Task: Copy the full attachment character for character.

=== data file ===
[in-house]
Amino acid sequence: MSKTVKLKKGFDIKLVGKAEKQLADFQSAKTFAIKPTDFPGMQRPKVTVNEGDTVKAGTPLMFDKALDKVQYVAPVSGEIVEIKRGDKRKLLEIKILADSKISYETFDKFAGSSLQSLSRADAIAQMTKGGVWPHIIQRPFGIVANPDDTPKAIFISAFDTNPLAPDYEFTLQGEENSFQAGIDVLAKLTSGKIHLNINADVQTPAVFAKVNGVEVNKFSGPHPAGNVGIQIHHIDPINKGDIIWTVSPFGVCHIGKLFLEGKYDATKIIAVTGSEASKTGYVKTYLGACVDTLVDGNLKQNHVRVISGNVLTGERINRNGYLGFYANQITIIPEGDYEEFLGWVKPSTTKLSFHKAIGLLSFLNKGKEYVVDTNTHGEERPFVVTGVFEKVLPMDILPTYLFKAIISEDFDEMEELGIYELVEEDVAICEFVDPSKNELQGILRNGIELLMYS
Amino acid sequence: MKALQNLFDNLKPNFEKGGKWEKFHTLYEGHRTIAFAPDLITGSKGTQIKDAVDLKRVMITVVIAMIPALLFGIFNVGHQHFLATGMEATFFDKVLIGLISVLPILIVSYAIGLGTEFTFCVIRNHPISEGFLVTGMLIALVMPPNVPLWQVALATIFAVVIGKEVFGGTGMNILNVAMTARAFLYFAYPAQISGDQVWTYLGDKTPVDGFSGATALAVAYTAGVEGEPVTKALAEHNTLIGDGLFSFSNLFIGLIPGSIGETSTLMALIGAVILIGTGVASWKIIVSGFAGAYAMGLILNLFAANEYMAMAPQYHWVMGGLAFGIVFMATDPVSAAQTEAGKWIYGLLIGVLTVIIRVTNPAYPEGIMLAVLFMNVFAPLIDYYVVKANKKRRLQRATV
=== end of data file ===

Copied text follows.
[in-house]
Amino acid sequence: MSKTVKLKKGFDIKLVGKAEKQLADFQSAKTFAIKPTDFPGMQRPKVTVNEGDTVKAGTPLMFDKALDKVQYVAPVSGEIVEIKRGDKRKLLEIKILADSKISYETFDKFAGSSLQSLSRADAIAQMTKGGVWPHIIQRPFGIVANPDDTPKAIFISAFDTNPLAPDYEFTLQGEENSFQAGIDVLAKLTSGKIHLNINADVQTPAVFAKVNGVEVNKFSGPHPAGNVGIQIHHIDPINKGDIIWTVSPFGVCHIGKLFLEGKYDATKIIAVTGSEASKTGYVKTYLGACVDTLVDGNLKQNHVRVISGNVLTGERINRNGYLGFYANQITIIPEGDYEEFLGWVKPSTTKLSFHKAIGLLSFLNKGKEYVVDTNTHGEERPFVVTGVFEKVLPMDILPTYLFKAIISEDFDEMEELGIYELVEEDVAICEFVDPSKNELQGILRNGIELLMYS
Amino acid sequence: MKALQNLFDNLKPNFEKGGKWEKFHTLYEGHRTIAFAPDLITGSKGTQIKDAVDLKRVMITVVIAMIPALLFGIFNVGHQHFLATGMEATFFDKVLIGLISVLPILIVSYAIGLGTEFTFCVIRNHPISEGFLVTGMLIALVMPPNVPLWQVALATIFAVVIGKEVFGGTGMNILNVAMTARAFLYFAYPAQISGDQVWTYLGDKTPVDGFSGATALAVAYTAGVEGEPVTKALAEHNTLIGDGLFSFSNLFIGLIPGSIGETSTLMALIGAVILIGTGVASWKIIVSGFAGAYAMGLILNLFAANEYMAMAPQYHWVMGGLAFGIVFMATDPVSAAQTEAGKWIYGLLIGVLTVIIRVTNPAYPEGIMLAVLFMNVFAPLIDYYVVKANKKRRLQRATV